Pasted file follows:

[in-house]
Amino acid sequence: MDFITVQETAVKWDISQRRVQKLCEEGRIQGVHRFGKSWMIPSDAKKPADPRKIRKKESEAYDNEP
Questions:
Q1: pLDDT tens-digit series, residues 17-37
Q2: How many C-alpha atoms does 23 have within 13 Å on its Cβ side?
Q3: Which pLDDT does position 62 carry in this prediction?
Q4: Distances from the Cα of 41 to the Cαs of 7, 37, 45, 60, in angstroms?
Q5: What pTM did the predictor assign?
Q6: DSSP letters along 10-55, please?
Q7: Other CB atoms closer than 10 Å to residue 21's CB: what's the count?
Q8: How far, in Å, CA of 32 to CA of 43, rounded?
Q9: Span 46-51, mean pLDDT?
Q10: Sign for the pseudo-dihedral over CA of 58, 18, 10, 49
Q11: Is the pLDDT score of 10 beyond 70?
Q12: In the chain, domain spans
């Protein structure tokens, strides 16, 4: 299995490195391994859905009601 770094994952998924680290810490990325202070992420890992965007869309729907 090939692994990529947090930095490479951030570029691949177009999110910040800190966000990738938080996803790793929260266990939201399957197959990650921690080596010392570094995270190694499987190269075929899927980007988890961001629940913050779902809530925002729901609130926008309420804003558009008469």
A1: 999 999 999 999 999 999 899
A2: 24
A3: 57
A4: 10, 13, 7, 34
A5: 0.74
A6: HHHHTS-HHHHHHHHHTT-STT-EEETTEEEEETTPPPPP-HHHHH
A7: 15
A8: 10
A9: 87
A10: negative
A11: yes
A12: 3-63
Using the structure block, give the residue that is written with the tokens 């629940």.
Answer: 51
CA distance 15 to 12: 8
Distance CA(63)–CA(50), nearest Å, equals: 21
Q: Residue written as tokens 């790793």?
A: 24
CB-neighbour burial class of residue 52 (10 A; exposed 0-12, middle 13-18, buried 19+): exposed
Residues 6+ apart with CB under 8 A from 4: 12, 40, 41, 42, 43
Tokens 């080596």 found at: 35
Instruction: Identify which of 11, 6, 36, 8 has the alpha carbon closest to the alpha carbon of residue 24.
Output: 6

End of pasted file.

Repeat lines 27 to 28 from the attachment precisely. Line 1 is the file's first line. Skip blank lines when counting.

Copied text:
A11: yes
A12: 3-63